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Straight Up | Review

Is It Gonna Be You and Me Forever?: Sweeney Sparks Romance in Loquacious Debut

James Sweeney Straight Up PosterJames Sweeney makes his directorial debut with Straight Up, an odd-couple romantic comedy exploring sexual orientation and gender identity in intriguing ways. An impressively performed exercise thanks to Sweeney and his lead Katie Findlay, what serves as a conversation piece capsizes underneath the weight of its overtly twee stylization thanks to rapid fire, ceaseless staccato dialogue inspired by its textual references to “The Gilmore Girls.” A fine supporting cast, which includes Tracie Thoms as an amused therapist, assists in downplaying both the oft-inherent cynicism of films dealing with LGBTQ+ themes as well as the Los Angeles film industry and all its woeful attributes.

Unable to find romance with the string of men he’s known heretofore, Todd (Sweeney) has decided it’s time to explore his heterosexual yearnings, something he’s been conditioned to believe he doesn’t have thanks to his effete presentation. But when he meets the vibrant Rory (Katie Findlay) at the library, theirs is an intellectual match made in heaven, and they embark on a loving but sexless romance. Eventually, they must decide if they can truly be a couple without physical consummation, while those around them, including Todd’s parents (Randall Park, Betsy Brandt) and his therapist (Tracie Thoms) each weigh in on the situation.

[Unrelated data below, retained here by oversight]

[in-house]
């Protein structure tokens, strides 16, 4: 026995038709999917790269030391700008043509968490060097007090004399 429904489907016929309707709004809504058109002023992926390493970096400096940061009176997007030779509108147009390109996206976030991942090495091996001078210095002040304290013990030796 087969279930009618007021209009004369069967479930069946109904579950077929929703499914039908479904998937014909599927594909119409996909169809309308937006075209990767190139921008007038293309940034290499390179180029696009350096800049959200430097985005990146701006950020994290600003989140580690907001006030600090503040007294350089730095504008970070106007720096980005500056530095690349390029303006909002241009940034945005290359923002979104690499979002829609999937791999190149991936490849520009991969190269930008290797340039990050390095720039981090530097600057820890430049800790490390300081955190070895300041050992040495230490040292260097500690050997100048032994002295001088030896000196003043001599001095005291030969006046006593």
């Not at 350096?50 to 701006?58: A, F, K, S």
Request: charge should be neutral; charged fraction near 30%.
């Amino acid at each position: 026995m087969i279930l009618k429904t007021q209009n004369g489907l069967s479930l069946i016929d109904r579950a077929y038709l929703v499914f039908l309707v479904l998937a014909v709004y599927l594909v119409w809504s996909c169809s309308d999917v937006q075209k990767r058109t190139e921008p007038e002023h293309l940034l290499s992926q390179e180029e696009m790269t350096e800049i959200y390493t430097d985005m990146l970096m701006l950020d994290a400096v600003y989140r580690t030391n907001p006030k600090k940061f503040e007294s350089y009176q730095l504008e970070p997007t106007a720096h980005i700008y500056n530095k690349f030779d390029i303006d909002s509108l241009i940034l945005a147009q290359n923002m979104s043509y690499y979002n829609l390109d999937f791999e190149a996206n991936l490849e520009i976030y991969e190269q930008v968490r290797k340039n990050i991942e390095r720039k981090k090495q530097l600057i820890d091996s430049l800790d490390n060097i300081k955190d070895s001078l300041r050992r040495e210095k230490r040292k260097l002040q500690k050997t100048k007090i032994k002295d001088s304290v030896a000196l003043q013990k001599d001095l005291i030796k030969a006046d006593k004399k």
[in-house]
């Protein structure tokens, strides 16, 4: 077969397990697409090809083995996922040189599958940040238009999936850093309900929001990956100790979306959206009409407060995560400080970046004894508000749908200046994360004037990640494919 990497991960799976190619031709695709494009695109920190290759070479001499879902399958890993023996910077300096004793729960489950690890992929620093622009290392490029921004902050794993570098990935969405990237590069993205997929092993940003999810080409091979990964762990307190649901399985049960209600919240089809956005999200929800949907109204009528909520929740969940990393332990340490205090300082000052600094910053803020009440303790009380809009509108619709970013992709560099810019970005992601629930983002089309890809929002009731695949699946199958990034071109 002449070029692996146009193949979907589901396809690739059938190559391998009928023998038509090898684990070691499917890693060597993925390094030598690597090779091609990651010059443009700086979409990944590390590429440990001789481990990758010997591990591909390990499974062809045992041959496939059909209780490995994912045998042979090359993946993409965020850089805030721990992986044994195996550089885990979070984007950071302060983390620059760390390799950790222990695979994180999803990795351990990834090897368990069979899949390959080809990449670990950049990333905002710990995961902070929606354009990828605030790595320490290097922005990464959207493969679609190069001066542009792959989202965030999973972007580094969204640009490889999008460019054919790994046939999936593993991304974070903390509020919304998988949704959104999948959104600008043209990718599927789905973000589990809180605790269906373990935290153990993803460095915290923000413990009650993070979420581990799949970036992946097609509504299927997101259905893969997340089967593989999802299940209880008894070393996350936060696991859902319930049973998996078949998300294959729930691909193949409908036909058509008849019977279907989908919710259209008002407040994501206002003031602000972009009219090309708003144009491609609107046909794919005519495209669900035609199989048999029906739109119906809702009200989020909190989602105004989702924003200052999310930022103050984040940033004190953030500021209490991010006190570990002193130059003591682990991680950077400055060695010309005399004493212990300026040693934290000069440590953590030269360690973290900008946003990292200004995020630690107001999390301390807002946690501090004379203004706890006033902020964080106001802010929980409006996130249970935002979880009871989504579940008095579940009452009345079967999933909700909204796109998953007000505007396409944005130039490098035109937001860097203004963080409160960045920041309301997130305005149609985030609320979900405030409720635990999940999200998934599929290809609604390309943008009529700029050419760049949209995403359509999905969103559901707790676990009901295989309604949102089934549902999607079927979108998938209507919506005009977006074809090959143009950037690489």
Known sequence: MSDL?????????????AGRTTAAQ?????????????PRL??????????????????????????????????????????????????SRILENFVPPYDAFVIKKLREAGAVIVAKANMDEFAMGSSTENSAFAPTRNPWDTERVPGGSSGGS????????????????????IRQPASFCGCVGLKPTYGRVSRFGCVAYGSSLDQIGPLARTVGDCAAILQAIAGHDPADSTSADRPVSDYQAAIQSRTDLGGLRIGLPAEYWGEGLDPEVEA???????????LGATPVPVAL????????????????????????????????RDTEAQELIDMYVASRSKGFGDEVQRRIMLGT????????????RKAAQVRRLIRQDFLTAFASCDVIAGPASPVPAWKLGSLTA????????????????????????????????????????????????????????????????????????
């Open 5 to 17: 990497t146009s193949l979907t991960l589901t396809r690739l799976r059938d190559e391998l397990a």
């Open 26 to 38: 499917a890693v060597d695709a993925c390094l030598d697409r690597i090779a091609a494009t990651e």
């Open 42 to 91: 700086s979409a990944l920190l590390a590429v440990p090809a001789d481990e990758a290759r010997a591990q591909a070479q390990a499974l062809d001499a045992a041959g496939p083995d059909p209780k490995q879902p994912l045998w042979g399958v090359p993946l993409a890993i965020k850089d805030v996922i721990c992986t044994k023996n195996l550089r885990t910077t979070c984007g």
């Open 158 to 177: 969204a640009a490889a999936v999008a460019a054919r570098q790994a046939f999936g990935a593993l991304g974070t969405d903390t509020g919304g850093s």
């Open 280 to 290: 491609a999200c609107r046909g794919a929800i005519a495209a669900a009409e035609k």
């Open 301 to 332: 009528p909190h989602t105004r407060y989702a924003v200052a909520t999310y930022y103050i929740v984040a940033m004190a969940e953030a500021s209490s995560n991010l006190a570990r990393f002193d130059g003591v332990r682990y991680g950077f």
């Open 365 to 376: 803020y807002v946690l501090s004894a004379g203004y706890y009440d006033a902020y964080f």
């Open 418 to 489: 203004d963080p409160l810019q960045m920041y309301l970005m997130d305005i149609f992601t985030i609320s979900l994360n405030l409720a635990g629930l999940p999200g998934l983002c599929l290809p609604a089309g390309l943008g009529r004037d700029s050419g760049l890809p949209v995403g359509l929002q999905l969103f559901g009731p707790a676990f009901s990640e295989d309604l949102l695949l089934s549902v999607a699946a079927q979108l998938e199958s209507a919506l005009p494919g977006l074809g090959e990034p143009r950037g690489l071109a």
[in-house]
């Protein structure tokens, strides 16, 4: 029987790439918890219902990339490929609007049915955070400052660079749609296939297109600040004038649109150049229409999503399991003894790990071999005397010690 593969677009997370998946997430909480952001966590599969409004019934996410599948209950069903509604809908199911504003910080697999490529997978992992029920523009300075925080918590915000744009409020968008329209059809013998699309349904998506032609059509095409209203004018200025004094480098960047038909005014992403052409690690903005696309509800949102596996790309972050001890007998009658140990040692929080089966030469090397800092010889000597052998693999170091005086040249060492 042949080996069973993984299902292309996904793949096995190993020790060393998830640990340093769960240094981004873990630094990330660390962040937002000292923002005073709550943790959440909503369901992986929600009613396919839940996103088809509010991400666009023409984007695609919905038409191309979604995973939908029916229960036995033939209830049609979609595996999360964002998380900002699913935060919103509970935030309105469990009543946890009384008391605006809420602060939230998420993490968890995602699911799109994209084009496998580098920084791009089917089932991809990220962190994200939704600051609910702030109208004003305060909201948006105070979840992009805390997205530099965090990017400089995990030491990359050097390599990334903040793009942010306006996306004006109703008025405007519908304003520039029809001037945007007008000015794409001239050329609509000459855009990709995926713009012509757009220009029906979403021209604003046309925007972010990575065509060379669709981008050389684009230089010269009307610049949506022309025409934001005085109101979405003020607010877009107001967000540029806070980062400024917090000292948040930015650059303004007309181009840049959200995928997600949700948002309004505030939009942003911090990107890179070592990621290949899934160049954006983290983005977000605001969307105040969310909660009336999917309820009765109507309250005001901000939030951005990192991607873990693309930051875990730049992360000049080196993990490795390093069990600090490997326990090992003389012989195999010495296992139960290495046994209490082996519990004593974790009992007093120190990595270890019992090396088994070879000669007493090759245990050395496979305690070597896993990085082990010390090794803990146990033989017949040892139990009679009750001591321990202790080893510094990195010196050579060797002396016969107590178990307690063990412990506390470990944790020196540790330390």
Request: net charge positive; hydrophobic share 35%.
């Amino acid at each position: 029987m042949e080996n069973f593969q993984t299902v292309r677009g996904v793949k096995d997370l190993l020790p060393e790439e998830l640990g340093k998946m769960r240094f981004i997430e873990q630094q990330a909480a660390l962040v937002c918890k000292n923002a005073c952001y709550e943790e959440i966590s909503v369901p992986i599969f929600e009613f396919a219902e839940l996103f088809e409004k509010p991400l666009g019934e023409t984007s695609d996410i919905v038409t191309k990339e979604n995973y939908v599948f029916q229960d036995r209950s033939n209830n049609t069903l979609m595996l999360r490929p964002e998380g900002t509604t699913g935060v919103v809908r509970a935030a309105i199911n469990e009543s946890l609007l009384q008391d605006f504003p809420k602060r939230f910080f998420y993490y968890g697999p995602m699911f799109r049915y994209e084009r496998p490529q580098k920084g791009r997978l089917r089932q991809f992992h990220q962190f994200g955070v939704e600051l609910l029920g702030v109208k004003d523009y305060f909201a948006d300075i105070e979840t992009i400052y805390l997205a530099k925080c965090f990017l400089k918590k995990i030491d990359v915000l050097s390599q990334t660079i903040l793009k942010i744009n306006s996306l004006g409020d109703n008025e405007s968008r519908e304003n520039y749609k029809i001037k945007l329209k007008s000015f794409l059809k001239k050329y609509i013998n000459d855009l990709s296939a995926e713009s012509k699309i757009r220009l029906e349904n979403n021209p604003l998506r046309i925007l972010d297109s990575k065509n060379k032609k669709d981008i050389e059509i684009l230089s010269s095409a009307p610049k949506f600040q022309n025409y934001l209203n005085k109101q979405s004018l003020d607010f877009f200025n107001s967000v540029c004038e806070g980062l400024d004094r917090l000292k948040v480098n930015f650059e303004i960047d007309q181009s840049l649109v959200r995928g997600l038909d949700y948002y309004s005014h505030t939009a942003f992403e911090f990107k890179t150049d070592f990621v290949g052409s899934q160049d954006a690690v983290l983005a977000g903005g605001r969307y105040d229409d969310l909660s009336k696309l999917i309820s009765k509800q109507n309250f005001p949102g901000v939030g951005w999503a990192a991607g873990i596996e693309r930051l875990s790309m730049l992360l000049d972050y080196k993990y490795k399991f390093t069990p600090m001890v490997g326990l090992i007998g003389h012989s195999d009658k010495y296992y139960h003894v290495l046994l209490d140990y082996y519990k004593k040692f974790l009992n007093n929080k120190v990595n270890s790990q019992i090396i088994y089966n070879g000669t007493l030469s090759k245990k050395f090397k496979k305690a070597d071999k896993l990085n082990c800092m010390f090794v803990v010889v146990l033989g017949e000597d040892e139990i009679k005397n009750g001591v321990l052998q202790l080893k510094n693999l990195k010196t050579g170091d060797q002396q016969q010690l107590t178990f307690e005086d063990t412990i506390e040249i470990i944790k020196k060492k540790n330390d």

There’s much to admire from Sweeney, especially considering this is a first-time feature. Unfortunately, some of its melancholy poignancy and sharp comedic observations don’t always land as effectively as they could had Straight Up fluctuated between its highs and lows as it tends to percolate on mania. This is especially evident in its handling of Rory, who comes to the fore as the focal point almost by default, so it’s tendency to feel overly rehearsed is disappointing. However, the film’s energy and narrative strengths recall a bygone era of tempered romantic cinema of the 1970s, and one could have envisioned this as a Liza Minelli vehicle circa her The Sterile Cuckoo and Tell Me That You Love Me, Junie Moon era of romantically befuddled protagonists who were often confronted with the sad realities of sexual vs. romantic connections. Or if Woody Allen on a coke binge had ever decided to step out of his hetero comfort zone.

At the same time, Sweeney’s films speaks to a continual cultural predicament as concerns alternative sexualities or coupledom, whether it be something as classic as Harold & Maude or like the current popular flavor, the reality series “Love is Blind,” the lack of support for those who don’t adhere to one particular sexual orientation marks this as well-attenuated example of the cultural support often necessary for the success of any relationship. At the same time, it’s twist on orientation isn’t unlike similar moves frequently made in 1990s glossy rom-coms such as The Object of My Affection or Three to Tango. Undoubtedly, Sweeney is a fiercely intelligent scribe and an overtly unique screen presence with a formidable penchant for cultural references often forgotten by a zeitgeist obsessed with the here and now.


Los Angeles based Nicholas Bell is's Chief Film Critic and covers film festivals such as Sundance, Berlin, Cannes and TIFF. He is part of the critic groups on Rotten Tomatoes, The Los Angeles Film Critics Association (LAFCA), FIPRESCI, the Online Film Critics Society (OFCS) and GALECA. His top 3 for 2023: The Beast (Bonello) Poor Things (Lanthimos), Master Gardener (Schrader). He was a jury member at the 2019 Cleveland International Film Festival.

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